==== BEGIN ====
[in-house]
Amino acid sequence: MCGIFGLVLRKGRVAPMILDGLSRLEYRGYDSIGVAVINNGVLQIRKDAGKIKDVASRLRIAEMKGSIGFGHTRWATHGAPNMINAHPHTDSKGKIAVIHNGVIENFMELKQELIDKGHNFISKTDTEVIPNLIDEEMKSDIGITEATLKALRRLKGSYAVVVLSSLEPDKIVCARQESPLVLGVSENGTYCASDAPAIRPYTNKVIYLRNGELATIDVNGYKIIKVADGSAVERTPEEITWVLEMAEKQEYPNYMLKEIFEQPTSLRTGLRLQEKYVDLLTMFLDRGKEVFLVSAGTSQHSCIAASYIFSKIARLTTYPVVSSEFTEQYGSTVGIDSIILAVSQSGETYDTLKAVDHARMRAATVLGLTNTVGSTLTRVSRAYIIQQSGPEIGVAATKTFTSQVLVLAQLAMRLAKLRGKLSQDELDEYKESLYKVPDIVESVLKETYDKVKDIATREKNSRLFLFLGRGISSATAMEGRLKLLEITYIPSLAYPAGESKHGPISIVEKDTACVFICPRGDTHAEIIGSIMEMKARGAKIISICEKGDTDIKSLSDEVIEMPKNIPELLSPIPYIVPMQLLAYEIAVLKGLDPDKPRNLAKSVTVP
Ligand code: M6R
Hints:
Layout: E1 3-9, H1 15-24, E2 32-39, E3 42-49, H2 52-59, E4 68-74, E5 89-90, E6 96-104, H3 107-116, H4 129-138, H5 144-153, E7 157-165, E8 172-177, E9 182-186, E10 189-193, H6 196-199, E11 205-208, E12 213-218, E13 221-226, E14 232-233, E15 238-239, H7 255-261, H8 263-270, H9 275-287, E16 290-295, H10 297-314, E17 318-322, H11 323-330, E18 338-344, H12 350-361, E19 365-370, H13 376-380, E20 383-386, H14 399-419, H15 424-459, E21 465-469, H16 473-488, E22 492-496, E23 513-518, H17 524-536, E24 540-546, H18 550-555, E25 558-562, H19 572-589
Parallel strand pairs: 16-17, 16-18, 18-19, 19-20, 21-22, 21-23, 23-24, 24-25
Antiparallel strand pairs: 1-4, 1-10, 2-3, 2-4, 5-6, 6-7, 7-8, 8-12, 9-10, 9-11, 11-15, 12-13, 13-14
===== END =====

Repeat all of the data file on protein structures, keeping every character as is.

[in-house]
Amino acid sequence: MCGIFGLVLRKGRVAPMILDGLSRLEYRGYDSIGVAVINNGVLQIRKDAGKIKDVASRLRIAEMKGSIGFGHTRWATHGAPNMINAHPHTDSKGKIAVIHNGVIENFMELKQELIDKGHNFISKTDTEVIPNLIDEEMKSDIGITEATLKALRRLKGSYAVVVLSSLEPDKIVCARQESPLVLGVSENGTYCASDAPAIRPYTNKVIYLRNGELATIDVNGYKIIKVADGSAVERTPEEITWVLEMAEKQEYPNYMLKEIFEQPTSLRTGLRLQEKYVDLLTMFLDRGKEVFLVSAGTSQHSCIAASYIFSKIARLTTYPVVSSEFTEQYGSTVGIDSIILAVSQSGETYDTLKAVDHARMRAATVLGLTNTVGSTLTRVSRAYIIQQSGPEIGVAATKTFTSQVLVLAQLAMRLAKLRGKLSQDELDEYKESLYKVPDIVESVLKETYDKVKDIATREKNSRLFLFLGRGISSATAMEGRLKLLEITYIPSLAYPAGESKHGPISIVEKDTACVFICPRGDTHAEIIGSIMEMKARGAKIISICEKGDTDIKSLSDEVIEMPKNIPELLSPIPYIVPMQLLAYEIAVLKGLDPDKPRNLAKSVTVP
Ligand code: M6R
Hints:
Layout: E1 3-9, H1 15-24, E2 32-39, E3 42-49, H2 52-59, E4 68-74, E5 89-90, E6 96-104, H3 107-116, H4 129-138, H5 144-153, E7 157-165, E8 172-177, E9 182-186, E10 189-193, H6 196-199, E11 205-208, E12 213-218, E13 221-226, E14 232-233, E15 238-239, H7 255-261, H8 263-270, H9 275-287, E16 290-295, H10 297-314, E17 318-322, H11 323-330, E18 338-344, H12 350-361, E19 365-370, H13 376-380, E20 383-386, H14 399-419, H15 424-459, E21 465-469, H16 473-488, E22 492-496, E23 513-518, H17 524-536, E24 540-546, H18 550-555, E25 558-562, H19 572-589
Parallel strand pairs: 16-17, 16-18, 18-19, 19-20, 21-22, 21-23, 23-24, 24-25
Antiparallel strand pairs: 1-4, 1-10, 2-3, 2-4, 5-6, 6-7, 7-8, 8-12, 9-10, 9-11, 11-15, 12-13, 13-14